Service Information for October 21, 2018

Theme: The Centurion
1. What the Jews thought of him
2. What he thought of himself
3. What Christ thought of him

Psalter 64:1-3
Luke 7:1-10 (9)
Psalter 204:1-4
Psalter 235:1-3
Psalter 419:1-3

Holy Baptism
Theme: The LORD speaking to a child
1. In the LORD’s house
2. To know the LORD
3. To be a servant

Psalter 251:1-3
1 Samuel 3:1-21 (10)
Psalter 425:5
Psalter 436:3
Psalter 241:1-5
Psalter 112:1-4
Psalter 415:5-6

Announcements for Sunday, October 21.

  • Baptism will be administer during the evening service. The child that will be baptized is::

Levi Walter, son of Mr. and Mrs. Jon Rozeboom.

Lo, children are an heritage of the LORD: and the fruit of the womb is his reward. Psalm 127:3.

  • Please remember in prayer Mr. Chris Engelsma and his family. He was received as a ministerial student under care of the Great Lakes Classis of the RCA last Friday.
  • The mission collection for the month of October is for TimotheosUSA. The USA branch of the Timothoes organization is seeking to fund a compound of orphan support buildings, as well as 250 orphans in the area of Nyamithuthu, Malawi. So far, we have funded the construction of a child care center with a community well and a matron’s house, and 65 children. The next construction project is a chicken barn, and the sponsorship of nearly 200 more children. www.TimotheosUSA.com.

Meditation for Sunday, October 21.

But the mercy of the LORD is from everlasting to everlasting upon them that fear him, and his righteousness unto children’s children; To such as keep his covenant, and to those that remember his commandments to do them”. Psalm 103:17, 18.

But the goodness of Jehovah, etc The Psalmist leaves nothing to men to rely upon but the mercy of God; for it would be egregious folly to seek a ground of confidence in themselves. After having shown the utter emptiness of men, he adds the seasonable consolation, that, although they have no intrinsic excellence, which does not vanish into smoke, yet God is an inexhaustible fountain of life, to supply their wants. This contrast is to be particularly observed; for whom does he thus divest of all excellence? The faithful who are regenerated by the Spirit of God, and who worship him with true devotion, these are the persons whom he leaves nothing on which their hope may rest but the mere goodness of God. As the Divine goodness is everlasting, the weakness and frailty of the faithful does not prevent them from boasting of eternal salvation to the close of life, and even in death itself. David does not confine their hope within the limits of time — he views it as commensurate in duration with the grace on which it is founded. To goodness is subjoined righteousness, a word, as we have had occasion frequently to observe before, denoting the protection by which God defends and preserves his own people. He is then called righteous, not because he rewards every man according to his desert, but because he deals faithfully with his saints, in spreading the hand of his protection over them. The Prophet has properly placed this righteousness after goodness, as being the effect of goodness. He also asserts that it extends to the children and children’s children, according to these words in Deuteronomy 7:9, “God keepeth mercy to a thousand generations.” It is a singular proof of his love that he not only receives each of us individually into his favor, but also herein associates with us our offspring, as it were by hereditary right, that they may be partakers of the same adoption. How shall He cast us off, who, in receiving our children and children’s children into his protection, shows to us in their persons how precious our salvation is in his sight?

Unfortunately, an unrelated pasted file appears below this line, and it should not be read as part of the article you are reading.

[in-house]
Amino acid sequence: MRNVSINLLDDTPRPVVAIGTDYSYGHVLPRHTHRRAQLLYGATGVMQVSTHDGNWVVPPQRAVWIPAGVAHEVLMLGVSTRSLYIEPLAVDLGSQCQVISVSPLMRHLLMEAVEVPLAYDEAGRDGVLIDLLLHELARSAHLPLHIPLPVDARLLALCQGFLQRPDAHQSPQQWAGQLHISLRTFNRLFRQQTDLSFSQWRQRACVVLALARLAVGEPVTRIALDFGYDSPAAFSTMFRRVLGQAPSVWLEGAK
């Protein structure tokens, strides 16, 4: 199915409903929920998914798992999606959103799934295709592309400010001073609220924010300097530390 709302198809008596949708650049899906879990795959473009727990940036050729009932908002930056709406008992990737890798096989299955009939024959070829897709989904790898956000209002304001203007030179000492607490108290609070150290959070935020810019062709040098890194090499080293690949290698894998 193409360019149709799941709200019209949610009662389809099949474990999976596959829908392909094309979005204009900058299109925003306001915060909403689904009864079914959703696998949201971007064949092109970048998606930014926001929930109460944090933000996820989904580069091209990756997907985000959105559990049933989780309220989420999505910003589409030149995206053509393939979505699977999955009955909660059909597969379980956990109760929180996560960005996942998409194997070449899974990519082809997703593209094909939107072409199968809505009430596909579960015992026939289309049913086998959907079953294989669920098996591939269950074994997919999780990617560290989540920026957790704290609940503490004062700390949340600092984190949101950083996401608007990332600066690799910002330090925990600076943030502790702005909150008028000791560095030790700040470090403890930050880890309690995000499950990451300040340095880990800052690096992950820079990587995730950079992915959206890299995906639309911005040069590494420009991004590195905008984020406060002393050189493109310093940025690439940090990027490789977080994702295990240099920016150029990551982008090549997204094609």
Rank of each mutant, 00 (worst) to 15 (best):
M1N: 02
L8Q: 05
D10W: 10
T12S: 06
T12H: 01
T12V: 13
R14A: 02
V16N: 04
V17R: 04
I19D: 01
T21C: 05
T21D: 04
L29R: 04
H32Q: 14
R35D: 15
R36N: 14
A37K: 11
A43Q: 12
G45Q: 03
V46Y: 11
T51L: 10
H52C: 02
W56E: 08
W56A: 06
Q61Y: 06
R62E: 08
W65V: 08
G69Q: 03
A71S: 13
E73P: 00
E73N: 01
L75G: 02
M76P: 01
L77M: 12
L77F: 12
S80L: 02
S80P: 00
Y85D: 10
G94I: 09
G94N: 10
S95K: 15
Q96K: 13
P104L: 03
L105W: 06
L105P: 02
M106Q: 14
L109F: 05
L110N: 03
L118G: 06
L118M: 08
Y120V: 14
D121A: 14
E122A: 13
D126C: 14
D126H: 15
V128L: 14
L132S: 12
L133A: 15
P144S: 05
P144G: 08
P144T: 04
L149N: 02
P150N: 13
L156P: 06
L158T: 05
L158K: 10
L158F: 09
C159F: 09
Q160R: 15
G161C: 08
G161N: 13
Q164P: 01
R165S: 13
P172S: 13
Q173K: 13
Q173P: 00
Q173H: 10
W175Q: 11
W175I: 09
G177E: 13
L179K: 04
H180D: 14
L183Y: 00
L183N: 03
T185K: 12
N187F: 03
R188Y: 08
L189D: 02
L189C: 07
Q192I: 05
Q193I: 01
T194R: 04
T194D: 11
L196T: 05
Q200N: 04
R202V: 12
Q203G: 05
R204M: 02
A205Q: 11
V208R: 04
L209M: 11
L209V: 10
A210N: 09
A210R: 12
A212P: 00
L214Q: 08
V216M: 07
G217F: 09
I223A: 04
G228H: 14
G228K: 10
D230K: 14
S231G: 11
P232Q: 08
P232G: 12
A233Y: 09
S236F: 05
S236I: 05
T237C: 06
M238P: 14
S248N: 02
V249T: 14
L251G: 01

Farther, as nothing is more easy than for hypocrites to flatter themselves under a false pretext, that they are in favor with God, or for degenerate children groundlessly to apply to themselves the promises made to their fathers, it is again stated, by way of exception, that God is merciful only to those who, on their part, keep his covenant, which the unbelieving make of none effect by their wickedness. The keeping, or observing of the covenant, which is here put instead of the fear of God, mentioned in the preceding verse, is worthy of notice; for thus David intimates that none are the true worshipers of God but those who reverently obey his Word.  John Calvin

Service Information for 10/14/18

9:15am – Communion Service

They did all eat and were filled
1. A hungry multitude
2. Helpless disciples
3. A blessing savior

Psalter 32:1-4
Matthew 14:13-21 (19)
Psalter 426:6-10
Psalter 97:1-4
Psalter 51:1-3
Psalter 283:1-2
Psalter 297:1-3


6pm – Evening Worship

Encouragement in fear
1. Being tossed with waves
2. The care of the Lord
3. Wherefore do we doubt?

Psalter 420:5-6
Matthew 14:22-36 (27)
Psalter 249:1-6
Psalter 152:1-5
Psalter 44:1-4

Announcements for Sunday, October 14.

  • There are no Christian education classes after the service this morning.
  • Please remember in prayer all who are traveling this week. Also, all who are not able to attend the worship services with us today due to illness or weakness. And all who are studying or working away from home, as well as those who serve our country in the military.
  • The Mattaniah Male Choir from Canada will present an evening of Christian music at First United Methodist Church on November 2.  Tickets are available through senior students and at the Plymouth High School office.

Meditation for Sunday, October 14.

”Jesus said unto her, I am the resurrection, and the life.” —John 11:25  From this doctrine believers are led back to their first original, and have it discovered to them from whence they sprung. Why believers, you were among the generation of the dead, before He that is the resurrection and the life paid you a visit. It were much for the advantage of believers, to be recollecting, and looking back to the state from whence they sprung. I remember, God taught Israel to sing in the wilderness, when they came to offer up their first-fruits to Him: “A Syrian ready to perish was my father, and he went down into Egypt, and sojourned there with a few, and became there a nation, great, mighty, and populous” (Deut. 26:5). And God by Ezekiel tells them what they were before He visited them: “As for thy nativity, in the day thou wast born, thy navel was not cut, neither wast thou washed in water to supple thee: thou wast not salted at all, nor swaddled at all. None eye pitied thee, to do any of these things unto thee, to have compassion upon thee; but thou wast cast out in the open field, to the loathing of thy person, in the day that thou wast born” (Ezek. 16:4-5). Remember, believers, what you were, and what you are; and remember, it is only Him that is the resurrection and the life that brought you to any thing you are. 2. From this doctrine we may see what a blessing Christ is to a lost world, to a world of mankind sinners, “dead in trespasses and sins”; Christ is become the resurrection and the life to them; “I have laid help,” says the Lord, “upon one that is mighty.” “Men shall be blessed in him; and all nations shall call him blessed.” O what a wretched condition had we been in this day, if Christ had not come into the world to save us! we had continued among the generation of the dead, if He had not paid us a visit: “O Israel, thou hast destroyed thyself, but in me is thine help.”